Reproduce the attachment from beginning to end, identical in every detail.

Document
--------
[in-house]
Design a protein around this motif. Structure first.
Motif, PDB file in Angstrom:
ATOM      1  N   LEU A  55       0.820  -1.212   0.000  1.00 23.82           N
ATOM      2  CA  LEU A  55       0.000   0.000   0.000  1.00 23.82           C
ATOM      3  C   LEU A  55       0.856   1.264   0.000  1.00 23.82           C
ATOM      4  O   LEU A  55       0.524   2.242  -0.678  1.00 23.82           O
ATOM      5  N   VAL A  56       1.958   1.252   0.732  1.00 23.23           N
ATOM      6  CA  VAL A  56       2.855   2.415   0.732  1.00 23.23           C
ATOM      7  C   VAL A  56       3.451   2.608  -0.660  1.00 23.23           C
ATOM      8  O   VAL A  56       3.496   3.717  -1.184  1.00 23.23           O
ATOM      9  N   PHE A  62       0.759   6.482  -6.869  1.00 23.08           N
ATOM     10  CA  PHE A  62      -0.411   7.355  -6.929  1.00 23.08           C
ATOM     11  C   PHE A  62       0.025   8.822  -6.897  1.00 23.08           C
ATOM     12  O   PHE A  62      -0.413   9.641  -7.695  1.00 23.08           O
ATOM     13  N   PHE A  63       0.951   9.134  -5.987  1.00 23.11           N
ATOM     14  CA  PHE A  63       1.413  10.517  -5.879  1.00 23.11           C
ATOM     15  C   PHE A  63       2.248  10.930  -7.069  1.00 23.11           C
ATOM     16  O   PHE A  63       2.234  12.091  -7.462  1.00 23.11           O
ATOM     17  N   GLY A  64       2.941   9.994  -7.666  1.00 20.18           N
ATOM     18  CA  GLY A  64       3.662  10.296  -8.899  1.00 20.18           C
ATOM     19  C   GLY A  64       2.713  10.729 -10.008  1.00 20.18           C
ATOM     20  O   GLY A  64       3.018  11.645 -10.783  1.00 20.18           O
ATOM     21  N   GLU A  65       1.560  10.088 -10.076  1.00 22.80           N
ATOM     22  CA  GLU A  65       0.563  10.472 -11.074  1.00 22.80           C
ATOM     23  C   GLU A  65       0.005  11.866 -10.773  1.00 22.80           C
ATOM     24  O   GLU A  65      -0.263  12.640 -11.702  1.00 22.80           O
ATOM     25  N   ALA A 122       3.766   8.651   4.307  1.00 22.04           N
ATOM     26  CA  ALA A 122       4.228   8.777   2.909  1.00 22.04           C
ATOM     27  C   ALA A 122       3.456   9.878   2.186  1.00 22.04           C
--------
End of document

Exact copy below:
[in-house]
Design a protein around this motif. Structure first.
Motif, PDB file in Angstrom:
ATOM      1  N   LEU A  55       0.820  -1.212   0.000  1.00 23.82           N
ATOM      2  CA  LEU A  55       0.000   0.000   0.000  1.00 23.82           C
ATOM      3  C   LEU A  55       0.856   1.264   0.000  1.00 23.82           C
ATOM      4  O   LEU A  55       0.524   2.242  -0.678  1.00 23.82           O
ATOM      5  N   VAL A  56       1.958   1.252   0.732  1.00 23.23           N
ATOM      6  CA  VAL A  56       2.855   2.415   0.732  1.00 23.23           C
ATOM      7  C   VAL A  56       3.451   2.608  -0.660  1.00 23.23           C
ATOM      8  O   VAL A  56       3.496   3.717  -1.184  1.00 23.23           O
ATOM      9  N   PHE A  62       0.759   6.482  -6.869  1.00 23.08           N
ATOM     10  CA  PHE A  62      -0.411   7.355  -6.929  1.00 23.08           C
ATOM     11  C   PHE A  62       0.025   8.822  -6.897  1.00 23.08           C
ATOM     12  O   PHE A  62      -0.413   9.641  -7.695  1.00 23.08           O
ATOM     13  N   PHE A  63       0.951   9.134  -5.987  1.00 23.11           N
ATOM     14  CA  PHE A  63       1.413  10.517  -5.879  1.00 23.11           C
ATOM     15  C   PHE A  63       2.248  10.930  -7.069  1.00 23.11           C
ATOM     16  O   PHE A  63       2.234  12.091  -7.462  1.00 23.11           O
ATOM     17  N   GLY A  64       2.941   9.994  -7.666  1.00 20.18           N
ATOM     18  CA  GLY A  64       3.662  10.296  -8.899  1.00 20.18           C
ATOM     19  C   GLY A  64       2.713  10.729 -10.008  1.00 20.18           C
ATOM     20  O   GLY A  64       3.018  11.645 -10.783  1.00 20.18           O
ATOM     21  N   GLU A  65       1.560  10.088 -10.076  1.00 22.80           N
ATOM     22  CA  GLU A  65       0.563  10.472 -11.074  1.00 22.80           C
ATOM     23  C   GLU A  65       0.005  11.866 -10.773  1.00 22.80           C
ATOM     24  O   GLU A  65      -0.263  12.640 -11.702  1.00 22.80           O
ATOM     25  N   ALA A 122       3.766   8.651   4.307  1.00 22.04           N
ATOM     26  CA  ALA A 122       4.228   8.777   2.909  1.00 22.04           C
ATOM     27  C   ALA A 122       3.456   9.878   2.186  1.00 22.04           C